- Think of “Funny Money.” Okay, there's really nothing funny about money, but if it is funny, maybe you'll make more money. Who knows? Good for comedians.
- When you're writing an article and you give them too many links, they say “If you make them choose, they get confused.” So there's an example of a good rhyme.
- Another one is “You are who you are when you're driving in your car.” Think about that.
Another tool in my arsenal is an acronym, which is basically taking letters, turning it into a word and then expanding it out into a phrase. I'm sure at this point you're well aware my brand is all about BACON.
- B.A.C.O.N. Is an acronym. It stands for Building Authentic Connections Online Networking. BACON.
- Another one is T.R.Y. Time to Reinvent Yourself. TRY.
- Another one is K.E.Y. knowledge Empowers You. KEY
Using an acronym is key to getting people to understand the knowledge you're trying to get across.
Play With Your Words
Another tool that I like to use is a play on words. Again, it's something that's easy to remember.
- One of the things I talk about in my presentations is the “Social Media Sandbox.“
Of course, it brings you back to the days of being a kid with a pail and a shovel and sand in a box, and that's what social media is. You can play in there, but, unfortunately, you can't take the sand out. In other words, when you post things in Facebook or LinkedIn or anything else, the only way you're going to see it or be able to play with it is inside their sandbox.
- Another one that I talk about is the “Short-Attention-Span Theater.”
When people are scrolling through a feed or a newsfeed on any social media platform, one of the things you want to do is make your content scroll-stopping. In the Short Attention Span Theater, you need to stand out.
- Another one is, “Normal is just a setting on the dryer.”
This saying describes how everything changes fast, especially in the social media world.
Those are some examples of play on word type phrases.
Please Do Something?
The final thing that you want to do is make sure that you close with an exclamation point! What's the point of this whole thing? What's going to get people excited? You really want to leave your audience with some mental takeaways. Things that are going to latch into their brains.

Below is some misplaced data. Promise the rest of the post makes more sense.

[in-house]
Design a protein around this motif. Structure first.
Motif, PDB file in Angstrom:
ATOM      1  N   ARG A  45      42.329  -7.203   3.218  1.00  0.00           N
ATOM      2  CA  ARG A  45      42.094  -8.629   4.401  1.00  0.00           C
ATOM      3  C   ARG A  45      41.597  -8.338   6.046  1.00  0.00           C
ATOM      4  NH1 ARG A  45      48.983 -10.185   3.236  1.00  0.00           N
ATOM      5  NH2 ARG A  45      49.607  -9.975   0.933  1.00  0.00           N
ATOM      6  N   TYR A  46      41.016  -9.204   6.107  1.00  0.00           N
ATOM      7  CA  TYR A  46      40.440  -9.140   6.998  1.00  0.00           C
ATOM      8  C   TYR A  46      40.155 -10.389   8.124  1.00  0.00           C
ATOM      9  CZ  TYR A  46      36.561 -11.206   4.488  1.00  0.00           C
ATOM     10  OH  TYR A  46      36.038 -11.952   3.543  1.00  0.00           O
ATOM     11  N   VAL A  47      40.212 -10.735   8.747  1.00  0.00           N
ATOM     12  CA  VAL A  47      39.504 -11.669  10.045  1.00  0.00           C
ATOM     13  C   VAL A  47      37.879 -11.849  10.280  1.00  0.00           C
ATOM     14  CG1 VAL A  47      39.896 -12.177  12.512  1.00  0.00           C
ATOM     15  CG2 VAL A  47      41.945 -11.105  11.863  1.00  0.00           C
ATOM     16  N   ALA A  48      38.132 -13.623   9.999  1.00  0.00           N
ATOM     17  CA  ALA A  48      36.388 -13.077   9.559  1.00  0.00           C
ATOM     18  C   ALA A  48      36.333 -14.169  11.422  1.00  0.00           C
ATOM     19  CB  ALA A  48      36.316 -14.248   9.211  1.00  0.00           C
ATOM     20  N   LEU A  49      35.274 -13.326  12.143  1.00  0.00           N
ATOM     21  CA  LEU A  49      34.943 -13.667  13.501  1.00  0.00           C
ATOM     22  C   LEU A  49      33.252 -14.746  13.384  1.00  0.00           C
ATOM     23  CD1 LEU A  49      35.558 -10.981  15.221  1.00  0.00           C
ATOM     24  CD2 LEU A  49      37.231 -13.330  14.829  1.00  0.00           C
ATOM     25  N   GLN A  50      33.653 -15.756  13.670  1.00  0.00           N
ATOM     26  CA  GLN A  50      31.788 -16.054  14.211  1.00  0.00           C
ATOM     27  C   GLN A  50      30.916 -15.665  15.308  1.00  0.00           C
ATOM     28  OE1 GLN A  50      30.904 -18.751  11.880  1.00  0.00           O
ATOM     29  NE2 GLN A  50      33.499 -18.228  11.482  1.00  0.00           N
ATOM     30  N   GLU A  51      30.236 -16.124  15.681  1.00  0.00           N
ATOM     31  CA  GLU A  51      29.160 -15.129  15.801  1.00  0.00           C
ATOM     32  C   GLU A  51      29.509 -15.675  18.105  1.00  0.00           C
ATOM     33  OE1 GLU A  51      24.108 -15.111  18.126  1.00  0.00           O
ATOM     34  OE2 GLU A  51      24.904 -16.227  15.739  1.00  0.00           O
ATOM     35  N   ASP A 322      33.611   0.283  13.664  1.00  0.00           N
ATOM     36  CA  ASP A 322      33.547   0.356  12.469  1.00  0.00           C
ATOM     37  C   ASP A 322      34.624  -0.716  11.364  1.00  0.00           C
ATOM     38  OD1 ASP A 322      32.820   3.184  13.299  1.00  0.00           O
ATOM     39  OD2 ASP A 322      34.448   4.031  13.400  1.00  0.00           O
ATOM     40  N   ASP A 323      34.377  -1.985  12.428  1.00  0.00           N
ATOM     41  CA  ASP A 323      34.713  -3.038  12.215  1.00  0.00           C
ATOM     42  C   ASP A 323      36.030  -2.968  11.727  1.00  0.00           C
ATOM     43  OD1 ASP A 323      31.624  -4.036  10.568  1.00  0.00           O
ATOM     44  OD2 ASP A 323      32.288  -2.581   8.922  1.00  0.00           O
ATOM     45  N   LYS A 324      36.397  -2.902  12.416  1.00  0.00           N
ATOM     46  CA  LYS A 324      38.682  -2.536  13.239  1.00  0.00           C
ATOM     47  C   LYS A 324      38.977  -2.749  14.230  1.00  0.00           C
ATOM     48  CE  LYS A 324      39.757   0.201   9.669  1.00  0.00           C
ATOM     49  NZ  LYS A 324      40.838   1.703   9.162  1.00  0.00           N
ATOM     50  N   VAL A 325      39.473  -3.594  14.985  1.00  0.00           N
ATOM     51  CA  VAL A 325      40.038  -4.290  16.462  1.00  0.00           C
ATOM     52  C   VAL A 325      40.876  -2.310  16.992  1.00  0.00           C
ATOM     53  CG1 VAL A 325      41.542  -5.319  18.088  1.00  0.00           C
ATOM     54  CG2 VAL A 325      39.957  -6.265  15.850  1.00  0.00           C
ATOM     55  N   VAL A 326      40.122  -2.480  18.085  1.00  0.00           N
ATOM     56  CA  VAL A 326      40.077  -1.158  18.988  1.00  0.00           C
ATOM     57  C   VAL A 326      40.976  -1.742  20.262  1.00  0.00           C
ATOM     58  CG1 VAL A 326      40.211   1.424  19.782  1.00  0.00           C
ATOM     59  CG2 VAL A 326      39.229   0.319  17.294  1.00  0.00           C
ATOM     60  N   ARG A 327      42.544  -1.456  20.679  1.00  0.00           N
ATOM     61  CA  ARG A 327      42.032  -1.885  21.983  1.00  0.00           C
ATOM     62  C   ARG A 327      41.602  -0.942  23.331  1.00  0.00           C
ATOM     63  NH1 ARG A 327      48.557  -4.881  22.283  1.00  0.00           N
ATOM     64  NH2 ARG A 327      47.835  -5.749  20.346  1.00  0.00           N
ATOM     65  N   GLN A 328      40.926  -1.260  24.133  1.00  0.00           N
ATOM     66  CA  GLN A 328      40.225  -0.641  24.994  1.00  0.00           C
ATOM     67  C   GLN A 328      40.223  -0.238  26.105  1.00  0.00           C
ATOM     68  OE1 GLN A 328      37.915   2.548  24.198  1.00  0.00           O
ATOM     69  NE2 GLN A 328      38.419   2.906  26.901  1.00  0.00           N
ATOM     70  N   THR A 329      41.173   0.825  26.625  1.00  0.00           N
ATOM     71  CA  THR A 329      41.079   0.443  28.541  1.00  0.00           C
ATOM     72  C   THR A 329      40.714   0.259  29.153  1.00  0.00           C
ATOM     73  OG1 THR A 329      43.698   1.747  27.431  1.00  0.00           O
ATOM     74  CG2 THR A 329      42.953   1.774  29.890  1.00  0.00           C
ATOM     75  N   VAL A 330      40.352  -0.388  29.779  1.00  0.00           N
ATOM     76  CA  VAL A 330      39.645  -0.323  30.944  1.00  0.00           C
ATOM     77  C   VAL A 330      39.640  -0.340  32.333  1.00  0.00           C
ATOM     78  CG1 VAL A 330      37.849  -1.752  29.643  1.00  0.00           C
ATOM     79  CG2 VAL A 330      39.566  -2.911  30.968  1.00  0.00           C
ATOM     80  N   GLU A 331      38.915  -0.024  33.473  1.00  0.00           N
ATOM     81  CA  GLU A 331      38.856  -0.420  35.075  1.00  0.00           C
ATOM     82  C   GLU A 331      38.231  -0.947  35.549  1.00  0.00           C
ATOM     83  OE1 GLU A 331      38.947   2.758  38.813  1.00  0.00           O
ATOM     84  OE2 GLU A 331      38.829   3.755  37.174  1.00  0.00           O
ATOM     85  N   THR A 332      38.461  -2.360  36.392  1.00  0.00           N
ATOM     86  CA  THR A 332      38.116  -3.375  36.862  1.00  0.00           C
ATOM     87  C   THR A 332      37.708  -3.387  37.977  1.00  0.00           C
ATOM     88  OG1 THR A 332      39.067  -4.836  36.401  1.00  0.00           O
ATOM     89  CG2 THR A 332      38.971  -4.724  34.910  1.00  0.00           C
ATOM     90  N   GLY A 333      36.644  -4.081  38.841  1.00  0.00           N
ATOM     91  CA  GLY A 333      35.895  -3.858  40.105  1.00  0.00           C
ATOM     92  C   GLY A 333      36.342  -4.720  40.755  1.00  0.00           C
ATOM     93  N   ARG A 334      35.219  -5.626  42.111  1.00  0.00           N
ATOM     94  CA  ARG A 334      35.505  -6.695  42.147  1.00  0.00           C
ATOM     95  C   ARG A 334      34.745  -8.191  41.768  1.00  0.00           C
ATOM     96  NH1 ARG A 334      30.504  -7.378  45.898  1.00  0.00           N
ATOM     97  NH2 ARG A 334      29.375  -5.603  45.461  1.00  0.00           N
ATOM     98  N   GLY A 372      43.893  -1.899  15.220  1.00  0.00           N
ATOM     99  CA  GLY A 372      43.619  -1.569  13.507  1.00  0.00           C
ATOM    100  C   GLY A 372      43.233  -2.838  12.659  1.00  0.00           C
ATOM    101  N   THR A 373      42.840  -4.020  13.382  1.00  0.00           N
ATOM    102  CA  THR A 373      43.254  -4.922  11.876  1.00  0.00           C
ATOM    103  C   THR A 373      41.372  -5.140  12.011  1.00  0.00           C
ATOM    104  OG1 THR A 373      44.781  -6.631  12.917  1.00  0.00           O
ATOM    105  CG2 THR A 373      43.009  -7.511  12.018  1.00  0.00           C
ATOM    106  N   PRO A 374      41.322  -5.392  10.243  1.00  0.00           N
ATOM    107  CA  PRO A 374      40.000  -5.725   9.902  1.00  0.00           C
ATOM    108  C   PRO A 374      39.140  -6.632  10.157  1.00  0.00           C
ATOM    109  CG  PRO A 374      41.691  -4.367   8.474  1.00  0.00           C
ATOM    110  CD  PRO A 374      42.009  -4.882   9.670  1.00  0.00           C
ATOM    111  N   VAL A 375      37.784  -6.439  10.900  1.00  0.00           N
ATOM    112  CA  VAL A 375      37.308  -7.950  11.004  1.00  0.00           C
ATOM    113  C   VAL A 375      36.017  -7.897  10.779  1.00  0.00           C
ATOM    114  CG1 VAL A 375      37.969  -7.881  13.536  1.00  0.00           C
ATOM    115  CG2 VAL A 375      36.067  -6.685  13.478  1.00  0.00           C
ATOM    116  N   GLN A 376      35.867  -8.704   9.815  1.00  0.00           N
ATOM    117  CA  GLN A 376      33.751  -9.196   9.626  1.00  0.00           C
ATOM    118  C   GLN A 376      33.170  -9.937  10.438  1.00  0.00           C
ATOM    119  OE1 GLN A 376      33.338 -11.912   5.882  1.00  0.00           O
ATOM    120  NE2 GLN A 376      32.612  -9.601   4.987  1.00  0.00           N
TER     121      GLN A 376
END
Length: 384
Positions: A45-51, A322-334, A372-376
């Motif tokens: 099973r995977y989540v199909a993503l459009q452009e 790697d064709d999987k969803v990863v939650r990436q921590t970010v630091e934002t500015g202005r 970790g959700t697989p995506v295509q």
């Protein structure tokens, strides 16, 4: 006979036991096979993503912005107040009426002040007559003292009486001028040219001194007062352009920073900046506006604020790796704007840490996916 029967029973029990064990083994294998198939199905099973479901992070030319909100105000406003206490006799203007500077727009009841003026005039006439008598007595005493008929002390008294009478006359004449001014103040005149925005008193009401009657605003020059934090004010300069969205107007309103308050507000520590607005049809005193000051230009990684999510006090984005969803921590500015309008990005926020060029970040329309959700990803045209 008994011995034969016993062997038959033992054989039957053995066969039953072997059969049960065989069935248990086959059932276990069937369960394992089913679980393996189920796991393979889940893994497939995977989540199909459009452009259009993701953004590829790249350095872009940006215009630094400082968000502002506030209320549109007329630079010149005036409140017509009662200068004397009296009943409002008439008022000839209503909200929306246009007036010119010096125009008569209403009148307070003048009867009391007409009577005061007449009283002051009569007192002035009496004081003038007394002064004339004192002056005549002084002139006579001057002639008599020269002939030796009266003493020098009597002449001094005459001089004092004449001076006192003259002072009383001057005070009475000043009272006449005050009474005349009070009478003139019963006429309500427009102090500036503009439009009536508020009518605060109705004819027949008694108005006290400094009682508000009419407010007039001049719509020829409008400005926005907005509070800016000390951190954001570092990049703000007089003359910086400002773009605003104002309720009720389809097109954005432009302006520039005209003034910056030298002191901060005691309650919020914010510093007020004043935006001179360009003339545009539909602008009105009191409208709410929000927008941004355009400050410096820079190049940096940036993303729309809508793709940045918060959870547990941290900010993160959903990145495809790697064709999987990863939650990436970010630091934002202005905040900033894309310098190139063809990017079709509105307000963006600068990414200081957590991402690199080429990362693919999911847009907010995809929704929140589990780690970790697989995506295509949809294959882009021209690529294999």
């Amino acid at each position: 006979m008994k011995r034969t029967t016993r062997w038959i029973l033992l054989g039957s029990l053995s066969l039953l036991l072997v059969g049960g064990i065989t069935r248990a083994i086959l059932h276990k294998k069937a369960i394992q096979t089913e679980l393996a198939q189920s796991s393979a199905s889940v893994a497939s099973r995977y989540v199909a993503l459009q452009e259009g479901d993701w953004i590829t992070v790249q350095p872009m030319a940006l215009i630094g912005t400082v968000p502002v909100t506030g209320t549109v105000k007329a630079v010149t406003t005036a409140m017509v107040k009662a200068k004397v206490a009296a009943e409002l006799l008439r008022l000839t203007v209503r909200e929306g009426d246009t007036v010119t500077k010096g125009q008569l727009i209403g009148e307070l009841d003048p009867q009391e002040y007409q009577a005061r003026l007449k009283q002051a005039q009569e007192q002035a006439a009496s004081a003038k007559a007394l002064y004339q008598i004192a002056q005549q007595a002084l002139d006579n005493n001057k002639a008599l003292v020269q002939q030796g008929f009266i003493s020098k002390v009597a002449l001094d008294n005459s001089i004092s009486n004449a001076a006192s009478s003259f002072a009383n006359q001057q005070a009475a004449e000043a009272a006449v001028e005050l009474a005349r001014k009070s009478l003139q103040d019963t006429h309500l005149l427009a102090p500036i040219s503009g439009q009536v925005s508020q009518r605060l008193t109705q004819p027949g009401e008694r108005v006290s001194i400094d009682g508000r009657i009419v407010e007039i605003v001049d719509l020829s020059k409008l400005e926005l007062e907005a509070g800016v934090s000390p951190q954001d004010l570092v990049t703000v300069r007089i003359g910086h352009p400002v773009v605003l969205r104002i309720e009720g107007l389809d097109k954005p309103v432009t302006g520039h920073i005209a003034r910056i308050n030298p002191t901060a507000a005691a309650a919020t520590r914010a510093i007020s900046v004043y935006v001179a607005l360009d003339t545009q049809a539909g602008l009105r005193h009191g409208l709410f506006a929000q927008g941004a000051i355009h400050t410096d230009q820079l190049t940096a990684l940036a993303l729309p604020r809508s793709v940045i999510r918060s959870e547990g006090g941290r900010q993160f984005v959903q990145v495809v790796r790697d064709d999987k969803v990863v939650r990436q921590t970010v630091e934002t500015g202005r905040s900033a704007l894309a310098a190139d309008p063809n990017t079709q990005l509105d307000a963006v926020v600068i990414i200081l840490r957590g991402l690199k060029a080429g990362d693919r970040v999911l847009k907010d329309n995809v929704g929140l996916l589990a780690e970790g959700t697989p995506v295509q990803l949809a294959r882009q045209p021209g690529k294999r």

The major bonus is having a call-to-action. Get them to do something. Sign up for your list, visit another website, attend one of your webinars or seminars. Some way for you to continue the conversation with them. And that's it. Remember, what I said before? If you make them choose, they get confused. Have one call-to-action. You can literally put that three times throughout the entire post, but don't over-ask. It's okay to have one task with multiple-asks.
When I posted that interview with Jane Atkinson on my social media, I started it out with this, “In an unscientific poll, the top three fears are fear of death, fear of loneliness, and social phobia. Fear of public speaking. In this podcast, we help you with number three.”
I'm glad it wasn't number two… because people really can't deal with THAT crap (joke intended).
I would love to hear your thoughts on this. Comment below and share your thoughts, ideas or questions about showing the concepts presented. Have you had to overcome any of the presented concepts? What worked and what did not live up to expectations? Do you have any ideas or advice you could share?
To learn more about this and other topics on Internet Marketing, visit our podcast website at http://www.baconpodcast.com/podcasts/